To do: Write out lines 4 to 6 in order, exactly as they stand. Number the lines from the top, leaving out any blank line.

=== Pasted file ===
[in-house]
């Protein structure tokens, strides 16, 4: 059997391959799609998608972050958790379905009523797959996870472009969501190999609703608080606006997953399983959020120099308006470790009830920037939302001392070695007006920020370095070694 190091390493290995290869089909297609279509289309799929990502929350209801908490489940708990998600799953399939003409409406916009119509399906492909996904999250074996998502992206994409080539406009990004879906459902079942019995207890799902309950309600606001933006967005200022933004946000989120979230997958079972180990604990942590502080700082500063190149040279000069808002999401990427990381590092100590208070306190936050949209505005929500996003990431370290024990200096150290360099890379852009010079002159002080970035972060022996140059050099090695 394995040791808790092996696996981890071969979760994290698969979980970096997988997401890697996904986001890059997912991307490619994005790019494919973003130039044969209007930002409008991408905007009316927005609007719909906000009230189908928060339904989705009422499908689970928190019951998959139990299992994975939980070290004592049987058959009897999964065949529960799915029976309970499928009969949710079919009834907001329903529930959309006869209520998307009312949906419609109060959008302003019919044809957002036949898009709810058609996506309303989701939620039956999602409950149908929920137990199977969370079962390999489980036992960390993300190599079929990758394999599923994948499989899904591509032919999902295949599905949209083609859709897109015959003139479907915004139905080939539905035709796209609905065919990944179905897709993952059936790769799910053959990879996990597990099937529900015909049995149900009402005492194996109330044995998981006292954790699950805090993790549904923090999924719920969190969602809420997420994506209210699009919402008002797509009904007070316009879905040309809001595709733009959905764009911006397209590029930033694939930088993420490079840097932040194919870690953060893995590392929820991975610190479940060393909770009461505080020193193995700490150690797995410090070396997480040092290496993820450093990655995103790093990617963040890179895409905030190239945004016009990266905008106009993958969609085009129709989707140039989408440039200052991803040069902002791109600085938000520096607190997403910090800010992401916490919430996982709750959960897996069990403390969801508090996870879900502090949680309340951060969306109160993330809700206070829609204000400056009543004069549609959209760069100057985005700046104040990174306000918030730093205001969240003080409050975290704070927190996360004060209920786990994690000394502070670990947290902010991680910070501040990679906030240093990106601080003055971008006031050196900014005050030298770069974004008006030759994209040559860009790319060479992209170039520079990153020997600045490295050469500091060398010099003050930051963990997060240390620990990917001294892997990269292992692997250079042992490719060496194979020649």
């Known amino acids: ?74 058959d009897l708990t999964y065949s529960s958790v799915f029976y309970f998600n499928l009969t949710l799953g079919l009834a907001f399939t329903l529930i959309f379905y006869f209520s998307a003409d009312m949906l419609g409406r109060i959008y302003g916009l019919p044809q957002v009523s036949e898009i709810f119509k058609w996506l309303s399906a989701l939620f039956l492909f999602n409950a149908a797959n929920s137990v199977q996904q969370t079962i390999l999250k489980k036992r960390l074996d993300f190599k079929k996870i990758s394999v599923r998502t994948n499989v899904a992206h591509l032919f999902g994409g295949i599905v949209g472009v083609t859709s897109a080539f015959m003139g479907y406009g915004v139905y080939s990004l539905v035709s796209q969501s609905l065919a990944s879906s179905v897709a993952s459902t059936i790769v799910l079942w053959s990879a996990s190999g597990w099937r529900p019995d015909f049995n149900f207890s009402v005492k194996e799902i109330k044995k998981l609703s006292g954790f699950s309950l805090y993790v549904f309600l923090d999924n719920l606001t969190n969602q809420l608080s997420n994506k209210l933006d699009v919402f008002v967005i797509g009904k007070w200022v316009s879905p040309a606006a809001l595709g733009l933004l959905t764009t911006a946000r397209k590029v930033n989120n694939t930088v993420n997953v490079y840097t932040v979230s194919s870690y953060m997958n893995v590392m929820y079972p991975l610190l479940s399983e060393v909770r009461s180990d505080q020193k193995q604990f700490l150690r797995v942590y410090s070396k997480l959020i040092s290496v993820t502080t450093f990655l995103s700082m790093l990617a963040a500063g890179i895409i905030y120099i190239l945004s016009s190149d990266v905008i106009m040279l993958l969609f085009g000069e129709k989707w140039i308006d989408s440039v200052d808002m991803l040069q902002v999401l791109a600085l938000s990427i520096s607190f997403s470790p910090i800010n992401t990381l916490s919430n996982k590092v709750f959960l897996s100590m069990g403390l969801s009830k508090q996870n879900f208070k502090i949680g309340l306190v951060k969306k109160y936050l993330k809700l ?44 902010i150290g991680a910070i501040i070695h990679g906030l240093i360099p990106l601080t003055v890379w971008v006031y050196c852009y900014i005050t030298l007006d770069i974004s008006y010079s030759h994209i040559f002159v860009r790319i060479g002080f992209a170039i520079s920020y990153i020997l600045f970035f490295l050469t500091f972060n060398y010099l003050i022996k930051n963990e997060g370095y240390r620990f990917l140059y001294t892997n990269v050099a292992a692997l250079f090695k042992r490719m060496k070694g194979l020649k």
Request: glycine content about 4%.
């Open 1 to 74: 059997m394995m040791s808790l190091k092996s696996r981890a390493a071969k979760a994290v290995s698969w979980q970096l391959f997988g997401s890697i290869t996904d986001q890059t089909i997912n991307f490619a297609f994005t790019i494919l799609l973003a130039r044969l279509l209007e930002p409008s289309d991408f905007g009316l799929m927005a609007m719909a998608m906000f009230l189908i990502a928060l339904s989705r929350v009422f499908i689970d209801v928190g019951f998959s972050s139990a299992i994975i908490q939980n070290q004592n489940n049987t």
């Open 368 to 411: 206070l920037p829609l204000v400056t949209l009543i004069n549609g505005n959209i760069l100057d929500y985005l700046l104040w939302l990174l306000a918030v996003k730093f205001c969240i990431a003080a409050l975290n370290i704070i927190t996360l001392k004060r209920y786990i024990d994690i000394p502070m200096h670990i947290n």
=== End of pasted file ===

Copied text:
Request: glycine content about 4%.
């Open 1 to 74: 059997m394995m040791s808790l190091k092996s696996r981890a390493a071969k979760a994290v290995s698969w979980q970096l391959f997988g997401s890697i290869t996904d986001q890059t089909i997912n991307f490619a297609f994005t790019i494919l799609l973003a130039r044969l279509l209007e930002p409008s289309d991408f905007g009316l799929m927005a609007m719909a998608m906000f009230l189908i990502a928060l339904s989705r929350v009422f499908i689970d209801v928190g019951f998959s972050s139990a299992i994975i908490q939980n070290q004592n489940n049987t």
């Open 368 to 411: 206070l920037p829609l204000v400056t949209l009543i004069n549609g505005n959209i760069l100057d929500y985005l700046l104040w939302l990174l306000a918030v996003k730093f205001c969240i990431a003080a409050l975290n370290i704070i927190t996360l001392k004060r209920y786990i024990d994690i000394p502070m200096h670990i947290n």